Inside Tolkien's The Lord of the Rings is the video equivalent
of Cliff Notes... and I mean that in the worst possible way.
I'm very familiar with Tolkien and his work, and I've read a lot of
critical and biographical material about him; there's a lot of
interesting material that could be presented here, to provide insight
into The Lord of the Rings and The Hobbit. For
instance, some of the topics that could have been mentioned include
how Tolkien's experiences with war influenced his portrayal of
Mordor; his opinions on industrialization; his friendship with C.S.
Lewis and the other members of the "Inklings"; the origins
of the idea of the "One Ring"; and much more.
I place the emphasis on "could," however, because Inside
Tolkien's The Lord of the Rings limits itself to the most banal,
obvious comments about the novels. An observation like "The
Shire is modeled on rural England" is about as profound as it
gets. Every time one of the interviewees starts to drift into
something that might actually be interesting, or elaborating on
something, he's cut short and we move on.
The documentaries seem to be aimed at people who haven't read the
books, and want to know the gist of the plot without taking the time
to actually read them. By far the majority of the program is devoted
to plot summary, pure and simple. But wait! It's prettied-up by
showing the route that the Fellowship takes on a three-dimensional
map with moving lines for their paths... as if that, in itself,
actually contributed anything informative to the presentation. All
four of the documentaries follow the same pattern, unfortunately.
About the only vaguely interesting element in any of the four
documentaries is the inclusion of some interview clips with Tolkien's
children. However, these are brief and generally offer minimal
insights. Take as an example one interview clip with Priscilla
Tolkien in the Fellowship program: she is shown commenting
that she doesn't remember her father reading his stories to her, but
her older brothers might. I can only imagine how desperate for
material the filmmakers must have been, that they considered it
worthwhile to include an interviewee talking about what she doesn't
recollect... But then again, it's clear that even with the short
running time of each documentary (under an hour each) the filmmakers
were madly puffing it up.
These documentaries were clearly produced prior to the Peter Jackson
films, so any film references are to the animated versions. The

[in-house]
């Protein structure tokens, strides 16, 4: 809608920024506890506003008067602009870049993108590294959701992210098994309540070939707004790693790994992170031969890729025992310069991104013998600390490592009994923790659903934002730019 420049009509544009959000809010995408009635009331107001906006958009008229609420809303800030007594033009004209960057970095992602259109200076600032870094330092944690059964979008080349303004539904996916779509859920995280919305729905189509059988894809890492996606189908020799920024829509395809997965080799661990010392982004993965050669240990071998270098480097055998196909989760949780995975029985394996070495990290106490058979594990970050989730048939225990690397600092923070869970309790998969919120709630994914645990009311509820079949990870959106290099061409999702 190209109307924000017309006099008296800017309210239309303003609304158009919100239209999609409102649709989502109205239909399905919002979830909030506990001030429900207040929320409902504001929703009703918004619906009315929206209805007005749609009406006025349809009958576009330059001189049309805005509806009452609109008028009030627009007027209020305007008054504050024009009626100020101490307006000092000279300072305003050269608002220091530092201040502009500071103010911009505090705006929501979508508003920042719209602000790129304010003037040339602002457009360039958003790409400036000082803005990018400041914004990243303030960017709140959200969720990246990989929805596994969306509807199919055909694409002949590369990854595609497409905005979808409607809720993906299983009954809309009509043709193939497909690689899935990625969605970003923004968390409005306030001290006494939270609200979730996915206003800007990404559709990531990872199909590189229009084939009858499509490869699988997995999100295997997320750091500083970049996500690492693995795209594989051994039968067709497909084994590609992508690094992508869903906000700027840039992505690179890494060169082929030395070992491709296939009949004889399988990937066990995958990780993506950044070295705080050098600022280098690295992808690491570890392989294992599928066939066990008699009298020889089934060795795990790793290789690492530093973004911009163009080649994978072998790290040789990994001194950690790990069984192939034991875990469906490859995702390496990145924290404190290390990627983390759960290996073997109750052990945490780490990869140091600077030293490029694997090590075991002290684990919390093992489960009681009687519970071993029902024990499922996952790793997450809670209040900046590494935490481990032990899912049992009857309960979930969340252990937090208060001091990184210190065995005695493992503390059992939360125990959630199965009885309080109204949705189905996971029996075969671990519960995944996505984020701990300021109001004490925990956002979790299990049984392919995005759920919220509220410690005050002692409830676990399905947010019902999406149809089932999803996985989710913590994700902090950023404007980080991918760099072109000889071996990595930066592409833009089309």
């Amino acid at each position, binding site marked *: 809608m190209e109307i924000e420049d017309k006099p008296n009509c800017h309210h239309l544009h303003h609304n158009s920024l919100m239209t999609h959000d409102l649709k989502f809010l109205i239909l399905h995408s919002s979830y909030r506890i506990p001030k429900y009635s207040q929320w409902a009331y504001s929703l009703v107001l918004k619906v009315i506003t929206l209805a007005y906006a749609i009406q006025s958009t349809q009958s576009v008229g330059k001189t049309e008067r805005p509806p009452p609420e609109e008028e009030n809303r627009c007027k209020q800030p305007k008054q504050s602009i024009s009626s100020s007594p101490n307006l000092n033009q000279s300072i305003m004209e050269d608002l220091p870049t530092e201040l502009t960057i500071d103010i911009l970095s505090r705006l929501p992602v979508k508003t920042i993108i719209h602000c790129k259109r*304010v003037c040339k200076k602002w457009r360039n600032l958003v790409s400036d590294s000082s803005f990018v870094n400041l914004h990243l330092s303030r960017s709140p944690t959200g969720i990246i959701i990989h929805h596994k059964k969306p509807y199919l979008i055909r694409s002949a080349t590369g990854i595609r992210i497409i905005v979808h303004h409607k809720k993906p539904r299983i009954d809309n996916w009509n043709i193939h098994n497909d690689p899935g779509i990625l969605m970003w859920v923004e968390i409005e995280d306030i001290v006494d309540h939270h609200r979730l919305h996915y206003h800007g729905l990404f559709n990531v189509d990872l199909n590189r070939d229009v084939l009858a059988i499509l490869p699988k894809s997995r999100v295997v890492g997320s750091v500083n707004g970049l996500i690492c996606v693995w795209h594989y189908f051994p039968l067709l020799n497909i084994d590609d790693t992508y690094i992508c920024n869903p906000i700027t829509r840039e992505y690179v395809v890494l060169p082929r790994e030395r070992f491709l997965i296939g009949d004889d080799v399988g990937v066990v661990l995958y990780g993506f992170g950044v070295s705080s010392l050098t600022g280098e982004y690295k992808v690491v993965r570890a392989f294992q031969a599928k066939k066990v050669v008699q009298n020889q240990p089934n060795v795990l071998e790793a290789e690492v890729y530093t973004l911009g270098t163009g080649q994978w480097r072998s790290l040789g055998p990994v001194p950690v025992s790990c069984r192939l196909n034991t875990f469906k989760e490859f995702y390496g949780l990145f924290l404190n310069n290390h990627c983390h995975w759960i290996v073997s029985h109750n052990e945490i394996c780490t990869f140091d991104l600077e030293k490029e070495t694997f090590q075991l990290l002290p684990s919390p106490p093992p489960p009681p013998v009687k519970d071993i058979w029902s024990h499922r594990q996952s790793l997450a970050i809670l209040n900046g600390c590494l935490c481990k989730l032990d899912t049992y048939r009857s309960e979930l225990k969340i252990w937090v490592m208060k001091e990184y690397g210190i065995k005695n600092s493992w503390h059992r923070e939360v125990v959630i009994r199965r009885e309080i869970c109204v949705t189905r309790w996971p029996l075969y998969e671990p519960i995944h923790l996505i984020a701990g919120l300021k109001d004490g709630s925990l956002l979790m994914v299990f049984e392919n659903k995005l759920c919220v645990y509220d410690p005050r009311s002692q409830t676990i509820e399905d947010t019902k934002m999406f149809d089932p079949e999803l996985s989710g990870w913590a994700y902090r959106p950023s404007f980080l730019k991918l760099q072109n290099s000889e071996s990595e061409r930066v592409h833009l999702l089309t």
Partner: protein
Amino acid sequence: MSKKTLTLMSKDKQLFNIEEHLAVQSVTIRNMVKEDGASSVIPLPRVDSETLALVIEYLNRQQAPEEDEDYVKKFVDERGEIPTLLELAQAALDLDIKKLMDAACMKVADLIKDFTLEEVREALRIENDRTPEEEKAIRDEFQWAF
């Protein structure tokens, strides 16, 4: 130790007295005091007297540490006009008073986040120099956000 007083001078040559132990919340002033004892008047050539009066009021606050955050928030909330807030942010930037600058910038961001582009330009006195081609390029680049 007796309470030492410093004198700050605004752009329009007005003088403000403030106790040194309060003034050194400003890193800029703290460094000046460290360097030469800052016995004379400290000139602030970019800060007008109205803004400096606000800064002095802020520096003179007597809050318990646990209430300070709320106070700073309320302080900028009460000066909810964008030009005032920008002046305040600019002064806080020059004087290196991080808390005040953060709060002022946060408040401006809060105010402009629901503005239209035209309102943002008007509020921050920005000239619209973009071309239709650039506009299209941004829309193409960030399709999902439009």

visuals are largely taken from the illustrations of the Brothers
Inside Tolkien's The Lord of the Rings is a four-DVD set, with
one disc each dealing with The Hobbit, The Fellowship of
the Ring, The Two Towers, and The Return of the King.
Each volume has its own keepcase, and all four fit into a flimsy
The image quality offered here is simply awful. The program,
presented in its original 1.33:1 aspect ratio, is extremely
pixellated, to the point of being distracting. Colors are faded and
washed-out, and much of the print is in poor condition, with many
flaws and scratches.
For some baffling reason, the four documentaries are presented in
Dolby 5.1 sound... not that you'd know from listening to it. The
sound is flat and ordinary-sounding, conveying the comments of the
interview subjects and the voiceover adequately, but no more than
Each of the DVDs has a special features section, but the material is
very limited. Each of the discs has the same Tolkien biography, a
five-minute piece that gives an overview of Tolkien's life. It's not
saying much to say that this is the best part of any of the programs.
Each disc also has a short interview segment with the Hildebrant
Brothers, whose art is used in the documentaries. Unfortunately, the
"padding" impulse is at work here as well: several of the
clips contain repeated footage from either the main documentary
program or the Hildebrant interview used on another disc.
Lastly, each DVD has a short piece on "The Music of Middle
Earth," which sounds interesting until you discover that it's
referring to the music used for the documentary. Each clip is from a
concert by Mostly Autumn, a "Tolkien-inspired" band who
performed the music for the documentary.
enjoy the work of J.R.R. Tolkien at all, don't subject yourself to
this pointless collection of DVDs that purport to give insight into
his works. It's nothing more than a video Cliff Notes, with a bland
plot summary interspersed with banal comments about obvious aspects
of Tolkien's work. Add the fact that the image quality is horrible,
and this is a prime example of a DVD to skip.